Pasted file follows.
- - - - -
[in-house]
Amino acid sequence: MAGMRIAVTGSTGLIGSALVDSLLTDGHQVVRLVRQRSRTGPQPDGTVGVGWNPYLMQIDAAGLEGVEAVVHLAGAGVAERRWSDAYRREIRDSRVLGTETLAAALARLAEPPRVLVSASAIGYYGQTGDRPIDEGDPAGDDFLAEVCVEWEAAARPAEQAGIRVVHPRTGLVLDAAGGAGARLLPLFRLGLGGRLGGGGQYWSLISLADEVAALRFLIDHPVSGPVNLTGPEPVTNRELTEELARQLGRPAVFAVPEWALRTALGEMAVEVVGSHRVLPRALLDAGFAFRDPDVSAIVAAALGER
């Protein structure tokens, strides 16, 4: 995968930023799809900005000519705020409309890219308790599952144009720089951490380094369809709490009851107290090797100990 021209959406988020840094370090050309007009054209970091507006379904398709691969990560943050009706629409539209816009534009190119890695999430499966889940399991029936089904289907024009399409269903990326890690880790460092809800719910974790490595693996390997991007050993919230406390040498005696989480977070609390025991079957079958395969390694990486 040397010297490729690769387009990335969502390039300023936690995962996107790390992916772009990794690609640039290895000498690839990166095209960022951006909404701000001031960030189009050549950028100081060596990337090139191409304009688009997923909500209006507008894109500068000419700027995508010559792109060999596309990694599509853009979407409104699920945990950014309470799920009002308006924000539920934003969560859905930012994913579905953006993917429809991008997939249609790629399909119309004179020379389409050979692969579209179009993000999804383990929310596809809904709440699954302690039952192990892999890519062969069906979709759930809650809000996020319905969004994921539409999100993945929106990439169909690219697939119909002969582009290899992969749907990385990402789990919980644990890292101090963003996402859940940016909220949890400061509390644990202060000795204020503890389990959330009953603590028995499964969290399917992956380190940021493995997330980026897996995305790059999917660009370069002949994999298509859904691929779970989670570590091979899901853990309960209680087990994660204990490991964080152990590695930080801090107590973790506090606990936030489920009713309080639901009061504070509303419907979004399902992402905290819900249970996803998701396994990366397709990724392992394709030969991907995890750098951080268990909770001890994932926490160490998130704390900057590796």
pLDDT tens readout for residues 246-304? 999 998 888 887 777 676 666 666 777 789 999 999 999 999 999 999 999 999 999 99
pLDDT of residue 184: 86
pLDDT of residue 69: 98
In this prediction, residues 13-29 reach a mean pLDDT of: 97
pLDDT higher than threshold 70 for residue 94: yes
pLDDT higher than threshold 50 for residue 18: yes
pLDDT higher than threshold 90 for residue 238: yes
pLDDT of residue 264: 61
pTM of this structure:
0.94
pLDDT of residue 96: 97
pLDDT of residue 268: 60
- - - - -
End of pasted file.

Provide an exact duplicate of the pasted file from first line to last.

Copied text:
[in-house]
Amino acid sequence: MAGMRIAVTGSTGLIGSALVDSLLTDGHQVVRLVRQRSRTGPQPDGTVGVGWNPYLMQIDAAGLEGVEAVVHLAGAGVAERRWSDAYRREIRDSRVLGTETLAAALARLAEPPRVLVSASAIGYYGQTGDRPIDEGDPAGDDFLAEVCVEWEAAARPAEQAGIRVVHPRTGLVLDAAGGAGARLLPLFRLGLGGRLGGGGQYWSLISLADEVAALRFLIDHPVSGPVNLTGPEPVTNRELTEELARQLGRPAVFAVPEWALRTALGEMAVEVVGSHRVLPRALLDAGFAFRDPDVSAIVAAALGER
């Protein structure tokens, strides 16, 4: 995968930023799809900005000519705020409309890219308790599952144009720089951490380094369809709490009851107290090797100990 021209959406988020840094370090050309007009054209970091507006379904398709691969990560943050009706629409539209816009534009190119890695999430499966889940399991029936089904289907024009399409269903990326890690880790460092809800719910974790490595693996390997991007050993919230406390040498005696989480977070609390025991079957079958395969390694990486 040397010297490729690769387009990335969502390039300023936690995962996107790390992916772009990794690609640039290895000498690839990166095209960022951006909404701000001031960030189009050549950028100081060596990337090139191409304009688009997923909500209006507008894109500068000419700027995508010559792109060999596309990694599509853009979407409104699920945990950014309470799920009002308006924000539920934003969560859905930012994913579905953006993917429809991008997939249609790629399909119309004179020379389409050979692969579209179009993000999804383990929310596809809904709440699954302690039952192990892999890519062969069906979709759930809650809000996020319905969004994921539409999100993945929106990439169909690219697939119909002969582009290899992969749907990385990402789990919980644990890292101090963003996402859940940016909220949890400061509390644990202060000795204020503890389990959330009953603590028995499964969290399917992956380190940021493995997330980026897996995305790059999917660009370069002949994999298509859904691929779970989670570590091979899901853990309960209680087990994660204990490991964080152990590695930080801090107590973790506090606990936030489920009713309080639901009061504070509303419907979004399902992402905290819900249970996803998701396994990366397709990724392992394709030969991907995890750098951080268990909770001890994932926490160490998130704390900057590796």
pLDDT tens readout for residues 246-304? 999 998 888 887 777 676 666 666 777 789 999 999 999 999 999 999 999 999 999 99
pLDDT of residue 184: 86
pLDDT of residue 69: 98
In this prediction, residues 13-29 reach a mean pLDDT of: 97
pLDDT higher than threshold 70 for residue 94: yes
pLDDT higher than threshold 50 for residue 18: yes
pLDDT higher than threshold 90 for residue 238: yes
pLDDT of residue 264: 61
pTM of this structure:
0.94
pLDDT of residue 96: 97
pLDDT of residue 268: 60